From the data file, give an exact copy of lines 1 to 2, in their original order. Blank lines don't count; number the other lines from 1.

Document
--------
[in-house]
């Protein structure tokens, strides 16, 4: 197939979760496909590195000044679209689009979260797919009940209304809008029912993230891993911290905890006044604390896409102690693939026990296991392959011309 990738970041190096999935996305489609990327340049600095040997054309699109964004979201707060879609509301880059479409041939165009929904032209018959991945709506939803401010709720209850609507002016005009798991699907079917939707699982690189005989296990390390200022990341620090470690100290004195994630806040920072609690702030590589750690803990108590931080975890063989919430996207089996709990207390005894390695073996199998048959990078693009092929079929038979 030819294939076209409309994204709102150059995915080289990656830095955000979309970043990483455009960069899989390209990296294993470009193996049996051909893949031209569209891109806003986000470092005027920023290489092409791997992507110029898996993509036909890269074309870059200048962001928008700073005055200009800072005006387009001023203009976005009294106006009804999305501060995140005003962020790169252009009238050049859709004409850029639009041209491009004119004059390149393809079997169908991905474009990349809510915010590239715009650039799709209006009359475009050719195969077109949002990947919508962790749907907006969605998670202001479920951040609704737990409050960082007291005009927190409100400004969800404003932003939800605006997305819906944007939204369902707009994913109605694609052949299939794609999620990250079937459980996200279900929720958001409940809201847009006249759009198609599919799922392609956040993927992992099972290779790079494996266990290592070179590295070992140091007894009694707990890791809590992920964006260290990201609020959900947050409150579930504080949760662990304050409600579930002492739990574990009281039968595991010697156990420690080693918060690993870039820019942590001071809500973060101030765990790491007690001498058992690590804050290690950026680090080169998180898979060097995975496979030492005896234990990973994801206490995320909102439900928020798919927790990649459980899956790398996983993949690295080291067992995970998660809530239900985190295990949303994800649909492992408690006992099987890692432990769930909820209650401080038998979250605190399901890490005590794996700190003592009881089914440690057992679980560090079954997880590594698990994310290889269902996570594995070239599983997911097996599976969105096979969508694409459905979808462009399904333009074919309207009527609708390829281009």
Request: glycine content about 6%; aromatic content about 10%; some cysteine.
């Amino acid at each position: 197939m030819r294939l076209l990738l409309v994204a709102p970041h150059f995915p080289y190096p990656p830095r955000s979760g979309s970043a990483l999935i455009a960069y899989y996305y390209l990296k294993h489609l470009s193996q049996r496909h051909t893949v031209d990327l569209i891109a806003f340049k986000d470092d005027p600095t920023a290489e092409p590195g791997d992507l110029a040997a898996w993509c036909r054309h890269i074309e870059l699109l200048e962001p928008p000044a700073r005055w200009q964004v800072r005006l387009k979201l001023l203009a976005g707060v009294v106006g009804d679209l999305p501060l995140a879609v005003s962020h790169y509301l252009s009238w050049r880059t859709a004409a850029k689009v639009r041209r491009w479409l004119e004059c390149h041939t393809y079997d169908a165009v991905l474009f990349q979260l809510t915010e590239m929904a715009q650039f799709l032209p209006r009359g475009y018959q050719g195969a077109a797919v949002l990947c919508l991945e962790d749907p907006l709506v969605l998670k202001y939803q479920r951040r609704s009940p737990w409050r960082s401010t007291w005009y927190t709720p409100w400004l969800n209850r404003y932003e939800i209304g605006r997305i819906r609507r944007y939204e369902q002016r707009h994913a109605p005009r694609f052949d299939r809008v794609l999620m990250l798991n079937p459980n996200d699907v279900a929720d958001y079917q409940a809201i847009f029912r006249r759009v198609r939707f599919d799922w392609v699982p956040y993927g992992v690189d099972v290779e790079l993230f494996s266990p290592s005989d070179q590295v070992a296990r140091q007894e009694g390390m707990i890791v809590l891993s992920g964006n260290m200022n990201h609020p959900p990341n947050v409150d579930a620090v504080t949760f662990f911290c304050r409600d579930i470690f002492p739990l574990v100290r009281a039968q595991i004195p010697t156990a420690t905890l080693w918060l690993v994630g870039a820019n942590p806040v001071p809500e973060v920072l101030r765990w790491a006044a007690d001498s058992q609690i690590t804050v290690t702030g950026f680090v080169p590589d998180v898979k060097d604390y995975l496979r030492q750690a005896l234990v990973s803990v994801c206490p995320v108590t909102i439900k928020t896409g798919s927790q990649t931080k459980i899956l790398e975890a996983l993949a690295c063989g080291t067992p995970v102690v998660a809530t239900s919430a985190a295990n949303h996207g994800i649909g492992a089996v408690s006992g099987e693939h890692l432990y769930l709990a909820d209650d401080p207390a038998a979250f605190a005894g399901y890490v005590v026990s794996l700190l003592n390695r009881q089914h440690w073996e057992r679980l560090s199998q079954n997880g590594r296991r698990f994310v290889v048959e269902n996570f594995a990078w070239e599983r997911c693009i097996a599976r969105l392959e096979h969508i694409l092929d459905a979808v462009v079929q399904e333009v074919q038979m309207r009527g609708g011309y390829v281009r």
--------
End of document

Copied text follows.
[in-house]
């Protein structure tokens, strides 16, 4: 197939979760496909590195000044679209689009979260797919009940209304809008029912993230891993911290905890006044604390896409102690693939026990296991392959011309 990738970041190096999935996305489609990327340049600095040997054309699109964004979201707060879609509301880059479409041939165009929904032209018959991945709506939803401010709720209850609507002016005009798991699907079917939707699982690189005989296990390390200022990341620090470690100290004195994630806040920072609690702030590589750690803990108590931080975890063989919430996207089996709990207390005894390695073996199998048959990078693009092929079929038979 030819294939076209409309994204709102150059995915080289990656830095955000979309970043990483455009960069899989390209990296294993470009193996049996051909893949031209569209891109806003986000470092005027920023290489092409791997992507110029898996993509036909890269074309870059200048962001928008700073005055200009800072005006387009001023203009976005009294106006009804999305501060995140005003962020790169252009009238050049859709004409850029639009041209491009004119004059390149393809079997169908991905474009990349809510915010590239715009650039799709209006009359475009050719195969077109949002990947919508962790749907907006969605998670202001479920951040609704737990409050960082007291005009927190409100400004969800404003932003939800605006997305819906944007939204369902707009994913109605694609052949299939794609999620990250079937459980996200279900929720958001409940809201847009006249759009198609599919799922392609956040993927992992099972290779790079494996266990290592070179590295070992140091007894009694707990890791809590992920964006260290990201609020959900947050409150579930504080949760662990304050409600579930002492739990574990009281039968595991010697156990420690080693918060690993870039820019942590001071809500973060101030765990790491007690001498058992690590804050290690950026680090080169998180898979060097995975496979030492005896234990990973994801206490995320909102439900928020798919927790990649459980899956790398996983993949690295080291067992995970998660809530239900985190295990949303994800649909492992408690006992099987890692432990769930909820209650401080038998979250605190399901890490005590794996700190003592009881089914440690057992679980560090079954997880590594698990994310290889269902996570594995070239599983997911097996599976969105096979969508694409459905979808462009399904333009074919309207009527609708390829281009």